Prosecutors will focus on crash reconstruction Tuesday as testimony resumes in the trial of David Bisard. The crash involving Bisard killed one motorcyclist and injured two others in August 2010.
Defense attorneys were already casting doubt Monday on the two blood vials which prosecutors say proves Bisard was intoxicated when he caused the deadly crash at 56th Street and Brendan Way.
Prosecutors were also planning on showing jurors a video of the crash scene in the next few days, before resting their case before the end of the week.
Medical assistant Michelle Johnson told jurors Monday how she performed the blood draw on Bisard after he was brought to the Methodist Occupational Health Clinic following the crash. Johnson said Bisard was accompanied at the clinic by a number of police officers, many more than she was used to seeing.
“It was unusual to see that many officers there (at the clinic),” said Johnson.
Johnson explained the blood draw process to jurors and some of the complications she experienced that day – complications defense attorneys were quick to seize upon.
Johnson told jurors the first vials, presented to her by one of the responding Lawrence police officers, were expired and that other vials they had on hand at the clinic were also past their expiration date, so vials had to be brought from another clinic.
Johnson also said she initially cleaned Bisard’s right arm with an alcohol swab, then realized that would not be with protocol, so instead Johnson swabbed Bisard’s left arm with a swab that does not contain alcohol.
Defense attorneys tried to question Johnson’s credentials, and asked the woman, who was 26 at the time, if she felt rushed or nervous because of all the officers who were watching that day. Johnson admitted she did feel pressure because of the situation, and also testified that Bisard’s blood draw was her first involving a deadly alcohol-involved crash.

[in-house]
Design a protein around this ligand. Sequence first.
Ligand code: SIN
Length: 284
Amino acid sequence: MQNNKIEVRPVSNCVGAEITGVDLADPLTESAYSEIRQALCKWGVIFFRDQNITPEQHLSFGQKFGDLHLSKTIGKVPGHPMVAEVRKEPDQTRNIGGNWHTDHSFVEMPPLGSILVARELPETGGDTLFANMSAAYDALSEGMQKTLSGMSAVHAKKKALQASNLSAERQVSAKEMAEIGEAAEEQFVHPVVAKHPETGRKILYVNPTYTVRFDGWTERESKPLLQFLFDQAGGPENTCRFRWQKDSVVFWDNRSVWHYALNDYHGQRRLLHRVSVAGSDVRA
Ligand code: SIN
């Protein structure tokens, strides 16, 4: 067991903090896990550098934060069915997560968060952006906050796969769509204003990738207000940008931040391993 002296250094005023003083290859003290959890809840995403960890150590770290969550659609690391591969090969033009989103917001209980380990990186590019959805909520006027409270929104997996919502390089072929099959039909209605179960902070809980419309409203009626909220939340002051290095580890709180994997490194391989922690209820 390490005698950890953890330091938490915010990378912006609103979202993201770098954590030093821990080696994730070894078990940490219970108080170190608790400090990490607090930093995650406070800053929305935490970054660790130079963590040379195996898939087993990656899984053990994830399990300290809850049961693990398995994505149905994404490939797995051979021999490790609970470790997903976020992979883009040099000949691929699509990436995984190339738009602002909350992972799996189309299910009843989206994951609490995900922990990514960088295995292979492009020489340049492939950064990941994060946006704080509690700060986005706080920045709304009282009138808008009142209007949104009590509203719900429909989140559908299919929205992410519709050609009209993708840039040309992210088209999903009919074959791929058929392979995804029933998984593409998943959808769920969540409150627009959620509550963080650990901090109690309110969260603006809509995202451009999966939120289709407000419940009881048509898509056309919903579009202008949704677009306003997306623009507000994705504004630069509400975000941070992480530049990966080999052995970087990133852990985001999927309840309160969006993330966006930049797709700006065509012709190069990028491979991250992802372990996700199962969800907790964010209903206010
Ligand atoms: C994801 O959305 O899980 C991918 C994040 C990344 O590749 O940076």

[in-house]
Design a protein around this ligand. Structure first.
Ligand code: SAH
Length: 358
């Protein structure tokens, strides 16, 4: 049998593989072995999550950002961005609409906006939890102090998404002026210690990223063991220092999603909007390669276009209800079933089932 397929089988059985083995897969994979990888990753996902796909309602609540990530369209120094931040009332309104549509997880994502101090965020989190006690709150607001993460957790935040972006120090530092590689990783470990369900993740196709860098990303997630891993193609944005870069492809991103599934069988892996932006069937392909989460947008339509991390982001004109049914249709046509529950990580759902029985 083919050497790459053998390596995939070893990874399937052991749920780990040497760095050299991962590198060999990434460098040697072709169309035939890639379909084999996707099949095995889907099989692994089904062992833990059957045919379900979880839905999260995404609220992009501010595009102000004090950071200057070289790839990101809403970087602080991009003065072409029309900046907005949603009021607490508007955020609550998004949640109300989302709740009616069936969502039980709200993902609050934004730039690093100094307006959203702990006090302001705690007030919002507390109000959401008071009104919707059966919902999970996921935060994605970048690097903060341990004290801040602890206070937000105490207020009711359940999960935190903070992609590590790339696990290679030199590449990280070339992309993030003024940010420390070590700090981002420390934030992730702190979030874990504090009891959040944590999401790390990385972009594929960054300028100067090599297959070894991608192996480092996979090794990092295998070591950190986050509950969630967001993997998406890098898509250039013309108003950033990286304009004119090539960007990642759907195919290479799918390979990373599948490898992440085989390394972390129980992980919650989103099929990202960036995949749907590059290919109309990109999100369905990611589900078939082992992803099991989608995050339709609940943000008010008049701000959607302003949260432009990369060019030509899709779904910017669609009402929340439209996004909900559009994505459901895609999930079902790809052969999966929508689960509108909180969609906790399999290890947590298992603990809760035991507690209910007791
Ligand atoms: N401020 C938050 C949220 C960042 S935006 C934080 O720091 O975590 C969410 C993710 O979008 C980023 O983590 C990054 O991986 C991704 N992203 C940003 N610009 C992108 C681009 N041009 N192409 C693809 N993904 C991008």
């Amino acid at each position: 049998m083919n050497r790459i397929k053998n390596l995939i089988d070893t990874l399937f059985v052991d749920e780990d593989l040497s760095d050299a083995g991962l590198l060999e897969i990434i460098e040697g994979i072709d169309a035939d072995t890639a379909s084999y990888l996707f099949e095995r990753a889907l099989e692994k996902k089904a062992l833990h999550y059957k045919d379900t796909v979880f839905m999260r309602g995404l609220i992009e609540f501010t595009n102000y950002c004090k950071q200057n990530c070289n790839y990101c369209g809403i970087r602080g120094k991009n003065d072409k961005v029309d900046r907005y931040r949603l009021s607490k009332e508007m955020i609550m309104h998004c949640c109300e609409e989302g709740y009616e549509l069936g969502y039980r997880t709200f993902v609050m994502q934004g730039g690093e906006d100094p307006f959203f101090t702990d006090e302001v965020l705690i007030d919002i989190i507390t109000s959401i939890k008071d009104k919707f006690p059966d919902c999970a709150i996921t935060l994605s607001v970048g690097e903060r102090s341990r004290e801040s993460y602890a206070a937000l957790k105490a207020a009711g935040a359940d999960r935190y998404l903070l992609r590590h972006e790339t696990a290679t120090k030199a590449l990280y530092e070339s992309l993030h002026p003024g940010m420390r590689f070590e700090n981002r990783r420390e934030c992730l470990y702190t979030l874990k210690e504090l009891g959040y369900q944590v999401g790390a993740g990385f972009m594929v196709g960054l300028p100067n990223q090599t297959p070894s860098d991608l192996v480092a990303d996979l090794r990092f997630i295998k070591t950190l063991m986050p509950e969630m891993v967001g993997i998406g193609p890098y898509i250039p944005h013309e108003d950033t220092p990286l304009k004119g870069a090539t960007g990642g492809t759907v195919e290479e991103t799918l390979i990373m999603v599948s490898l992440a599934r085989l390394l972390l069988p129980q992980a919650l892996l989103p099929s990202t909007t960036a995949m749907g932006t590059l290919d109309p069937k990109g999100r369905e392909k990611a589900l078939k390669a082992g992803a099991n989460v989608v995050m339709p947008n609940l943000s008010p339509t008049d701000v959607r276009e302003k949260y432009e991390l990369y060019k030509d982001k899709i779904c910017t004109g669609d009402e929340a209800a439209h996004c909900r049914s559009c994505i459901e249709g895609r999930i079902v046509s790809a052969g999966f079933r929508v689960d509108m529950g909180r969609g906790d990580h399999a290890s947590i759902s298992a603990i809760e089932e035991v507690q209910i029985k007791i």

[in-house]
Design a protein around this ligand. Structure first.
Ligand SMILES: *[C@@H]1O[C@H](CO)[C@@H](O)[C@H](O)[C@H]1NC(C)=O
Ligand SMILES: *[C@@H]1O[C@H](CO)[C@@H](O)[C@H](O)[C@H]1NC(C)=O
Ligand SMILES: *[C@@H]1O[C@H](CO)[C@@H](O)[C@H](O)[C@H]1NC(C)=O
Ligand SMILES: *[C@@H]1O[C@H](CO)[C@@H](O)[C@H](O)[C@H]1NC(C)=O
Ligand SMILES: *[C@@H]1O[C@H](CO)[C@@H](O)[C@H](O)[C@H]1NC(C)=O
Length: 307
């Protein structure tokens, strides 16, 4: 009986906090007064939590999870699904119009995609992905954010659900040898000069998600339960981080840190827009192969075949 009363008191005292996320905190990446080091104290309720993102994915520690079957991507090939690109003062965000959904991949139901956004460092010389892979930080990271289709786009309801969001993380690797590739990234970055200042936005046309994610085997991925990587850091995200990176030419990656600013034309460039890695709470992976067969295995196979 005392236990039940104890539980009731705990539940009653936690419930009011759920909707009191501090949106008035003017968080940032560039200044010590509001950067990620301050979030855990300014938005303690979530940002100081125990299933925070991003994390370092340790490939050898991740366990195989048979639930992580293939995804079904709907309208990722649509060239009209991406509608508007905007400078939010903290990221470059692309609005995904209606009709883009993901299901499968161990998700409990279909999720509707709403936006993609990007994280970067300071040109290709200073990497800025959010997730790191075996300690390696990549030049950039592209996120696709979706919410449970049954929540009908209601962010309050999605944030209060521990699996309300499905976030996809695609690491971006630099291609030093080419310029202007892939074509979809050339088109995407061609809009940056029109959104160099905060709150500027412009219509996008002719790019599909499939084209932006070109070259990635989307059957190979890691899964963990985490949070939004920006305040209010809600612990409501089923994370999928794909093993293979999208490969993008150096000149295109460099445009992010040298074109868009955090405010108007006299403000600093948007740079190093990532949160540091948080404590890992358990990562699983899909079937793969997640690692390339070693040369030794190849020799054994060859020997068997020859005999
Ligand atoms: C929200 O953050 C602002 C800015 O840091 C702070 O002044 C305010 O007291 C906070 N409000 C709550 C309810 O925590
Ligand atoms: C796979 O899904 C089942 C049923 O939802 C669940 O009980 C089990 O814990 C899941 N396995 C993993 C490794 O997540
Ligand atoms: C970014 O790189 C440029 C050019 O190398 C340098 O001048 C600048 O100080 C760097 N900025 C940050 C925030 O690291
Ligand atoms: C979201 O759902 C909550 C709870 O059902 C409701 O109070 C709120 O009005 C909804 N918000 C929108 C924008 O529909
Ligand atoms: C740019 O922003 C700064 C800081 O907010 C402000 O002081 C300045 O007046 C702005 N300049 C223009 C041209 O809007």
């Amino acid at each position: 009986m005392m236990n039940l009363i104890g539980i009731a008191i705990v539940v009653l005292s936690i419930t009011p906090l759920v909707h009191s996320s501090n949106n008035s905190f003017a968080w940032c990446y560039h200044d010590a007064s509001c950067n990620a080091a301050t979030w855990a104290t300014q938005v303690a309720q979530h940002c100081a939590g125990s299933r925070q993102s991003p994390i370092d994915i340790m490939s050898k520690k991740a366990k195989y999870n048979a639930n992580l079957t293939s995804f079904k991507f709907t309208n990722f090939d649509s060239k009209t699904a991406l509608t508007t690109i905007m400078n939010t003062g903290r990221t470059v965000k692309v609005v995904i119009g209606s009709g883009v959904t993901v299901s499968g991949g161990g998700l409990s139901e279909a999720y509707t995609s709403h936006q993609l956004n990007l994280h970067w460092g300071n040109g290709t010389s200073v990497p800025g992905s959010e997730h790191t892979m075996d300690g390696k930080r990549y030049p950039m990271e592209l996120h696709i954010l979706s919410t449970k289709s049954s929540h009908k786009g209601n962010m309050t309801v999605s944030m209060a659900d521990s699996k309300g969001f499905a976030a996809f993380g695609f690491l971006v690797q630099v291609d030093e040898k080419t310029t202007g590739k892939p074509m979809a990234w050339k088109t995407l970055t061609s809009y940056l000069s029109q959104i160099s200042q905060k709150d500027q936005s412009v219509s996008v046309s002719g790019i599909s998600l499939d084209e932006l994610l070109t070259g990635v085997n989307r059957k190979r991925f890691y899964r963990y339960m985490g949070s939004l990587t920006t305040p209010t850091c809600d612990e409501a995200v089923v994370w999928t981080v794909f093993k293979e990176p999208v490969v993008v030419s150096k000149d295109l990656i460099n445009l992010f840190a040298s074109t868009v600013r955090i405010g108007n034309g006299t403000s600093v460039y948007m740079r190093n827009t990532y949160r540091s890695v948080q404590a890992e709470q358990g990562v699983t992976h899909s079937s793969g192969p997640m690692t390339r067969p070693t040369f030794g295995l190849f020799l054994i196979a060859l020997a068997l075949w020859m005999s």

“Did you feel pressure that day?” asked Bisard’s attorney Jon Kautzman.
“I believe everybody did,” Johnson replied.
Defense attorneys also questioned the manner in which Johnson handled the blood draw, including whether she properly inverted or mixed the sample with the preservative in that blood vial. Bisard’s attorney also questioned Johnson about the manner in which the sample was handled. Instead of immediately sealing the tube, Johnson said a supervisor told her on the phone to follow the protocol given by the police officers at the clinic, who were advising her to do otherwise, according to Johnson’s testimony.
After performing the blood draw, Johnson testified that she handed the blood vials to former Lawrence police officer Stan Stephens, who told jurors he sealed the evidence bag instead of the tubes themselves before taking those vials to the IMPD property room.
Stephens, who was then a member of the fatal alcohol crash team, told jurors he had never been to that facility for a blood draw before that day.
The decision to send Bisard to the Methodist Occupational Health Center for that DUI blood draw, as opposed to Methodist Hospital, stirred controversy that resulted in appeals and an eventual court decision to permit the evidence.
Results from those blood draws indicated Bisard’s blood alcohol level tested more than two times the state’s limit for drunk driving.
Trial observers said the jury’s interpretation of the evidence would be crucial.
“If the defense is able to poke holes in the evidence… that’s their best shot at having their client be acquitted,” said Fort Wayne attorney Colin Andrews.
Monday afternoon, prosecutors also put Dr. Joye Carter of the Marion County coroner’s office on the stand. Lead prosecutor Denise Robinson showed the jury photos from Eric Wells’ autopsy, as the pathologist described the injuries he sustained after Bisard slammed his cruiser into the group of motorcyclists. Bisard did not look at the photographs, and one of Wells’ family members left the courtroom before the photos were shown.
“You shouldn’t be here for this,” one of the prosecutors told Wells’ mother and widow, who decided to stay in court, consoling one another as the photographs were shown to the jury.